Take safety precautions during the grilling season

As community members continue to follow safety guidelines to prevent the spread of the coronavirus, we would like to remind you of another category of safety tips for using the grill during the summer grilling season.

According to the National Fire Protection Agency, approximately 9,600 home fires begin with the use of a grill. July is the month with the most, followed by May, June and August. More than 16,000 people are admitted to the emergency room each year for grill-related injuries. Most involve thermal burns, which account for 8,200 of those visits, according to the NFPA.

They suggest some simple safety tips to prevent dangers:

The grates must be used outdoors. Using a grill indoors or in any confined space, such as tents and garages, presents both a fire hazard and a risk of toxic gas exposure and potential suffocation.

  • Position the grill 15 feet from siding, deck railings, other combustibles, and out of under eaves or overhanging vegetation.
  • Place the grill at a safe distance from lawn games, play areas and foot traffic.
  • Keep children and pets away from the grill area. Declare a 3 foot “safe zone” around the grill.
  • Take out several long-handled cookware to give the chef plenty of heat and flame release.
  • Periodically remove any grease or grease buildup in the trays under the grill so that it cannot ignite with heat.
  • Keep a garden hose or portable fire extinguisher handy in case the fire gets out of hand.
Charcoal grilling adds a smoky flavor, and the secret to juicy chicken on the grill is to season the chicken with a rub first.

Charcoal barbecues

  • Only the correct charcoal starter fluid should be used. Never use flammable or combustible liquids, other than charcoal starter liquid, to light the grill.
  • Keep charcoal starter fluid out of the reach of children and away from heat sources.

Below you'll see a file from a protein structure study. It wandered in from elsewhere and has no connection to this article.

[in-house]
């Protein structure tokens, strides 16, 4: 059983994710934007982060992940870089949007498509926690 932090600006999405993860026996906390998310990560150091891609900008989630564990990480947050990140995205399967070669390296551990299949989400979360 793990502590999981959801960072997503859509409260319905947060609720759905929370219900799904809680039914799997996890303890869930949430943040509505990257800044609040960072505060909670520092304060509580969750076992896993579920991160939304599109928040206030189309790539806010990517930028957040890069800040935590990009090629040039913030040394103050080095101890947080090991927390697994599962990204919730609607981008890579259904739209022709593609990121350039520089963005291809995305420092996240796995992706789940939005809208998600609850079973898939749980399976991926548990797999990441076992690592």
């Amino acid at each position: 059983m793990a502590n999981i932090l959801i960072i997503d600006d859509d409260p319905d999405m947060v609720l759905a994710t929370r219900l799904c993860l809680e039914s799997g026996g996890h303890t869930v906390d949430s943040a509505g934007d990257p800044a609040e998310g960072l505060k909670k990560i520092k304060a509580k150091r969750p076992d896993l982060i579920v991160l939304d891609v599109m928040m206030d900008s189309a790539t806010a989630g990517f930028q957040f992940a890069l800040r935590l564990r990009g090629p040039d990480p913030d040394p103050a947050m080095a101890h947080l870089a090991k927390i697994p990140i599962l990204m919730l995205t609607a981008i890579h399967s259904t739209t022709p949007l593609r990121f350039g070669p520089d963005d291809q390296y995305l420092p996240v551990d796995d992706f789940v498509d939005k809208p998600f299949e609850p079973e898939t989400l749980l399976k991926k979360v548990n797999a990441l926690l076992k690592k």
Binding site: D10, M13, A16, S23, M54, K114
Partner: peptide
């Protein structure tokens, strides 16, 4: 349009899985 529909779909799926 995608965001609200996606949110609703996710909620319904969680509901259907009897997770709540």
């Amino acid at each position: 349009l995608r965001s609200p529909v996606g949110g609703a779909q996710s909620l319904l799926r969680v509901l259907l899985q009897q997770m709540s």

• Never add charcoal starter liquid when coals or kindling have been ignited.
  • Charcoal ash can stay hot for several days and can start a fire long after the grill has been used. Use care when disposing of ashes and never store ashes in a plastic or other combustible container.
  • Never bring a grill into the house. Carbon monoxide produced by burning charcoal can be dangerous and even fatal in an enclosed space.

Gas grills

  • If you smell gas while cooking, immediately shut off the gas supply, step away from the grill and call the fire department. Do not try to move the grill.
  • All gas cylinders manufactured after April 2002 must be fitted with overfill protection devices. OPDs shut off the gas flow before capacity is reached, which limits the potential for the release of propane gas if the cylinder heats up. You can easily identify OPDs by their triangular shaped steering wheel.
  • Use only equipment marked by an independent testing laboratory and properly listed for the application (commercial, residential, etc.) Follow the manufacturer’s instructions for assembly, installation, use and maintenance.

The Tallahassee Fire Department reminds everyone that having a plan and knowing what to do in an emergency can save your life and the life of your family. For more safety tips, you can call the fire department at 850-891-6672, or visit us on Facebook and Twitter.

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Susan W. Lloyd